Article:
UCSB Science Line
Sponge Spicules Nerve Cells Galaxy Abalone Shell Nickel Succinate X-ray Lens Lupine
UCSB Science Line
How it Works
Ask a Question
Search Topics
Our Scientists
Science Links
Contact Information

Thanks for answering my questions from before, I have some questions about minerals and I was wondering if you could help me out.

How can so many different minerals (about 3000) form from the same basic elements on earth (about 20)? Are the majority of minerals made from combinations of just a few elements? Which ones?

Question Date: 2007-11-21
Answer 1:

There are four parts to this answer. These are:

1. There are about seventeen minerals on Earth's surface that are really common, and these account for most of the Earth's material and most of the common elements.

2. There are a lot of different proportions in which you can plug familiar elements together.

3. Even with the same proportions, there are a lot of different ways to shape a crystal lattice. Calcite and aragonite, for example, are both calcium carbonate, but they have a different crystal structure and thus are different minerals.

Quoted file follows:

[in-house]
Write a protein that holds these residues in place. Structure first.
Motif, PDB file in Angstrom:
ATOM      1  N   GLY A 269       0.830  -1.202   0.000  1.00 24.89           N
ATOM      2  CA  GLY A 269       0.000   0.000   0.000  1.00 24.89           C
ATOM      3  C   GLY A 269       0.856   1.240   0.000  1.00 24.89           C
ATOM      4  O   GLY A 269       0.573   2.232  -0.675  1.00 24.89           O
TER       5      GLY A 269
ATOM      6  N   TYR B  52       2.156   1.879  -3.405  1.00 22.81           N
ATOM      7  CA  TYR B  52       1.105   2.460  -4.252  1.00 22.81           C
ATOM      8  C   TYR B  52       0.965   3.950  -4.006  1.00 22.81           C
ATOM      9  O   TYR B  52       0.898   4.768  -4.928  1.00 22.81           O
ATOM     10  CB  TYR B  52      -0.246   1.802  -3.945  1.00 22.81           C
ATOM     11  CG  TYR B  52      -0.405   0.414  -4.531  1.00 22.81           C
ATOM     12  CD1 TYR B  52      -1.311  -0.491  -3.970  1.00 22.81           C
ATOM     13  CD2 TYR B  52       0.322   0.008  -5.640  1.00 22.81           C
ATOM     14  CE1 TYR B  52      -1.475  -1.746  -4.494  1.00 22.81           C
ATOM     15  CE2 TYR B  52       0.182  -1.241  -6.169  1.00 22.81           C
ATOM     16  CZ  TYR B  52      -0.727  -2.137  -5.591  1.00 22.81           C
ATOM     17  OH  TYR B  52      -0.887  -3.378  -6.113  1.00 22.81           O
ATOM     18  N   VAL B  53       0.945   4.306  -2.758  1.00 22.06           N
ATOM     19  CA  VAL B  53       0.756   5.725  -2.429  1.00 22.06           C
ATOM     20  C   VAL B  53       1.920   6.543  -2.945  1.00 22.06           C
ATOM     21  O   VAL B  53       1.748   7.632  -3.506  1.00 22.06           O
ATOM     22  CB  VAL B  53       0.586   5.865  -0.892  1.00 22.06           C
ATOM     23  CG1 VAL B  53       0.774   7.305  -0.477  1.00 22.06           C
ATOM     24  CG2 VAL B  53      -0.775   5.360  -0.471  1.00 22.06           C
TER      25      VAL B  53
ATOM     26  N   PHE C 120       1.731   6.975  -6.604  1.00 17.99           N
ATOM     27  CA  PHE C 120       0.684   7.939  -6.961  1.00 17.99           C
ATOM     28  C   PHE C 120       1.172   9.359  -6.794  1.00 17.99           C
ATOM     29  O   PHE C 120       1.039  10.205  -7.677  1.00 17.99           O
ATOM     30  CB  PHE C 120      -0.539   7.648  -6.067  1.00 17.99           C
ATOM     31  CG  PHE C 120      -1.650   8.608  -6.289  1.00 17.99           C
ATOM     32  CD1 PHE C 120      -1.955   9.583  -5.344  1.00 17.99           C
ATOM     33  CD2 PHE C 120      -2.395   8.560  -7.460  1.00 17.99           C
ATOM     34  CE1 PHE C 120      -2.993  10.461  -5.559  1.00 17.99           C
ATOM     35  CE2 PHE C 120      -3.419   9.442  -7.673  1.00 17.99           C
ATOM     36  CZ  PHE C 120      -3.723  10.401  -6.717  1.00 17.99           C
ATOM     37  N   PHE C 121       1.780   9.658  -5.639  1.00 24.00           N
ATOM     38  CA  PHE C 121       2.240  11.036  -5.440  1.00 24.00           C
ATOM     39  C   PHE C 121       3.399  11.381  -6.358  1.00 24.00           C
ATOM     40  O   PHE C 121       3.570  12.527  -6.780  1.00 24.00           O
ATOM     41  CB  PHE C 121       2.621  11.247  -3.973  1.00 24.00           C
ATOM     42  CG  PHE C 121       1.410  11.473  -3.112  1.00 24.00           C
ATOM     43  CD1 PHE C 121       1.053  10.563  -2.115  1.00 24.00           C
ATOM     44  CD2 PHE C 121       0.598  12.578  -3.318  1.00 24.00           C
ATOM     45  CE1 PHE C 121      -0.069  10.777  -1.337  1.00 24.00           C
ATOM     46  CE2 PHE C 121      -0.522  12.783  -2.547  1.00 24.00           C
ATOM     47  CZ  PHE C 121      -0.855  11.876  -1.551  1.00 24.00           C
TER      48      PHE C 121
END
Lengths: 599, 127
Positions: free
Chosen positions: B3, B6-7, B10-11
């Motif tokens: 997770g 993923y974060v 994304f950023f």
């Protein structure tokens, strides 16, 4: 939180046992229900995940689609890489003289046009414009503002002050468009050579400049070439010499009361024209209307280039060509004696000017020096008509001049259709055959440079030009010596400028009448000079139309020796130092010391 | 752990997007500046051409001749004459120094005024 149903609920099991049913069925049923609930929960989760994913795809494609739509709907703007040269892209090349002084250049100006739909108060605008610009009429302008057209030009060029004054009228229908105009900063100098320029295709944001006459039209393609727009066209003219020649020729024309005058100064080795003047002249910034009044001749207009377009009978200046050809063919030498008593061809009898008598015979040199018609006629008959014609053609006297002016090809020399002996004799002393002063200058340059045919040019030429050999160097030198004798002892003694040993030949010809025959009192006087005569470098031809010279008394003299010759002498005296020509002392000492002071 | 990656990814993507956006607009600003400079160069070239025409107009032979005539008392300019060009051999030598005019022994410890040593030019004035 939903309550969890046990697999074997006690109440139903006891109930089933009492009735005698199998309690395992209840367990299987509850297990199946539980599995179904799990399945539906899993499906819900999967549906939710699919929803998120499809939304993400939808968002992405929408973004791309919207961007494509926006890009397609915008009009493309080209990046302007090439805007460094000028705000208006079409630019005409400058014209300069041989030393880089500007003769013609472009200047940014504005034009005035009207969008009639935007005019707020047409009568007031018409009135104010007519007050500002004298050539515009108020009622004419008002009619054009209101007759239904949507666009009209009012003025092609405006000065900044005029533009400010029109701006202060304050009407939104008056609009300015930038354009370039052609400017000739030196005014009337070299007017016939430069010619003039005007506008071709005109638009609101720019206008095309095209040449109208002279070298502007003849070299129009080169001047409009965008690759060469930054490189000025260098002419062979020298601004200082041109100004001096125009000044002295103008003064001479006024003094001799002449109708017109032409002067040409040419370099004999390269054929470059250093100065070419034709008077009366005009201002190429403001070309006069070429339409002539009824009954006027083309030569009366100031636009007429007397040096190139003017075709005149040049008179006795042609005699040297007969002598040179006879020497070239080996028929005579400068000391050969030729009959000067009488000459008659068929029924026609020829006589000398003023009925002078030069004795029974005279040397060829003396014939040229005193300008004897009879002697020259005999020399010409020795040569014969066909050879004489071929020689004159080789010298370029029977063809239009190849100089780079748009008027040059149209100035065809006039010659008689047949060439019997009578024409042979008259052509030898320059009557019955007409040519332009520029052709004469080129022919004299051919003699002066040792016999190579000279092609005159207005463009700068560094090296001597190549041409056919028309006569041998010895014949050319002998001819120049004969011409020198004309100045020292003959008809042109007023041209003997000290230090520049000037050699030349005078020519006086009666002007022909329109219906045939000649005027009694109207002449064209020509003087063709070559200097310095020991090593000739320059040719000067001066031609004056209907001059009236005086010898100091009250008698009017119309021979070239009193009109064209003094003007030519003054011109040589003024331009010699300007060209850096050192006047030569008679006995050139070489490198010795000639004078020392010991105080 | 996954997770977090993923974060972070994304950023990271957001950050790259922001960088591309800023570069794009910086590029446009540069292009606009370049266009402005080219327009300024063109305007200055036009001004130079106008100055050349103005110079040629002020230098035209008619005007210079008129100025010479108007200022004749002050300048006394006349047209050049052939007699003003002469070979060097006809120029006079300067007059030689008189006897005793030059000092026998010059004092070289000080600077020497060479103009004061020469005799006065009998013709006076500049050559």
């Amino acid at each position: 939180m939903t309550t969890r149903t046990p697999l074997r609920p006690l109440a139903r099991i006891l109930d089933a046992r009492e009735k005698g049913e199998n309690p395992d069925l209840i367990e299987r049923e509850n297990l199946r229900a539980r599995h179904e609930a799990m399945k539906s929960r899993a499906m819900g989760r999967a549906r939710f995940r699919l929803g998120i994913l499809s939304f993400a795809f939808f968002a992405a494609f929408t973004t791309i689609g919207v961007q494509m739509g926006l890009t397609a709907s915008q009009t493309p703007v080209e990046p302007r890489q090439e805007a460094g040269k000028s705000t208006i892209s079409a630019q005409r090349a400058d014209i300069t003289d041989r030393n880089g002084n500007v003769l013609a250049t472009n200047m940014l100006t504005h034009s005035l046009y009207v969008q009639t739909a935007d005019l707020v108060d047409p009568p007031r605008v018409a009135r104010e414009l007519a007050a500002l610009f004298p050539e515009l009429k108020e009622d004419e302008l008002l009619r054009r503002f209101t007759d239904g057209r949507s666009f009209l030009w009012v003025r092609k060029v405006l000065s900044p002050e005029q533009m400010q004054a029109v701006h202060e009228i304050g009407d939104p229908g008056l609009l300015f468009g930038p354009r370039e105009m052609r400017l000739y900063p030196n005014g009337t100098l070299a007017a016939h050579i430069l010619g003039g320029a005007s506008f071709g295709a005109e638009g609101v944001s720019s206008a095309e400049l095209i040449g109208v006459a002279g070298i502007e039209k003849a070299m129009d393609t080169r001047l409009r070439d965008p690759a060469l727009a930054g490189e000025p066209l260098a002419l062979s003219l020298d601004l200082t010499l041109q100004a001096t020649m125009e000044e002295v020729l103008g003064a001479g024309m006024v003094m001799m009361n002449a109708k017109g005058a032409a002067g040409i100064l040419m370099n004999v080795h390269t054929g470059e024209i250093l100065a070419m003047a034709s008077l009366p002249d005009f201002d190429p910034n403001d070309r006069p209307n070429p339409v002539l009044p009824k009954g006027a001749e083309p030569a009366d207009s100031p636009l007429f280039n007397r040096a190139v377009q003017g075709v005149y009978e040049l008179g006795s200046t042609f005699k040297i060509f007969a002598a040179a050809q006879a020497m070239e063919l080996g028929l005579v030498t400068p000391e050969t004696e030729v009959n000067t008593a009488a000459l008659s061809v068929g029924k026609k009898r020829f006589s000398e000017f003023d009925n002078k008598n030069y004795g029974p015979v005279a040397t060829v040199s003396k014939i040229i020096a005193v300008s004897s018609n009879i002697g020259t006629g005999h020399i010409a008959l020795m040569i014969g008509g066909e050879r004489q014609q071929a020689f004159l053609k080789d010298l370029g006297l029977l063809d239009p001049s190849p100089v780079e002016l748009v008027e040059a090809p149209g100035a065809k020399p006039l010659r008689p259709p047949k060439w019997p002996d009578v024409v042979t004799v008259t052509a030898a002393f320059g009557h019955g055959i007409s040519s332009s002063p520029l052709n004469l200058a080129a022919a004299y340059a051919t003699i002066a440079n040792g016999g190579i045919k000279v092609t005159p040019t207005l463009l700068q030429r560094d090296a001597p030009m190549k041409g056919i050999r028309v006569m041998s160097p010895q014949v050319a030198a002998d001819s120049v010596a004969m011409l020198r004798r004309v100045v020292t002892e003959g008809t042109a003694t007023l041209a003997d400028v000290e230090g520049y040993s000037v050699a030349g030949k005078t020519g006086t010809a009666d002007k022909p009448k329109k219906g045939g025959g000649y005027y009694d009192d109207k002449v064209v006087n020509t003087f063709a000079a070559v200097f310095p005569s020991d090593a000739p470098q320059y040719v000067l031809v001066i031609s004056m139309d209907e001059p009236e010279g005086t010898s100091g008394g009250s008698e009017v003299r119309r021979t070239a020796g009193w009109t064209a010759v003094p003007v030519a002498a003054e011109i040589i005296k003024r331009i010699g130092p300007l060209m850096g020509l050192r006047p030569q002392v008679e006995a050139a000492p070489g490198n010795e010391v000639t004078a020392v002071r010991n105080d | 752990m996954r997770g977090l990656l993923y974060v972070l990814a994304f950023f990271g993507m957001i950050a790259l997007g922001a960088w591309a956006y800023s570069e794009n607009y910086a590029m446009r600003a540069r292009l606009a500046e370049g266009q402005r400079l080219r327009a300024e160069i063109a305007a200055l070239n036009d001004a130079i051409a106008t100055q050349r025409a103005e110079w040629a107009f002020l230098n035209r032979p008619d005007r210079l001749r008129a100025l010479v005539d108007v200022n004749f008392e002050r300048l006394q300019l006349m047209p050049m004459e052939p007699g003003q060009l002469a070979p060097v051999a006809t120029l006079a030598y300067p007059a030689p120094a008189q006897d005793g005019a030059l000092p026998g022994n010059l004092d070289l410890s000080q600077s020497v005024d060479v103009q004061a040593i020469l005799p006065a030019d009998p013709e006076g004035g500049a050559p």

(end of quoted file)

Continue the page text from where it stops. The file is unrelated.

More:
4. Of the approximately three thousand minerals that are rare, you have the other approx. seventy elements to play with to build them.

Answer 2:

Yes about 3000... Yes all minerals of course are made up of one or more of the naturally occurring elements numbering about 92.There are about 20 to 30 "common" minerals. The elements in these common minerals are Si, Al, O, Fe, Mg ,K, Ca, Na mainly. Then in the ore minerals in addition Cu, Ni, Cr,Zn, and many of the other metals.

The other anions are Cl, F, Phosphate group, sulphate groups, borates, and others.

Answer 3:

Not just minerals... *everything* is made from basic atoms. The most common minerals are those made from the most common elements Earth's crust: oxygen (47%), silicon (28%), aluminum (8%), iron (5%),calcium, sodium, potassium, magnesium... Quartz and feldspar are two examples of minerals made mostly with oxygen and silicon.

Click Here to return to the search form.

University of California, Santa Barbara Materials Research Laboratory National Science Foundation
This program is co-sponsored by the National Science Foundation and UCSB School-University Partnerships
Copyright © 2020 The Regents of the University of California,
All Rights Reserved.
UCSB Terms of Use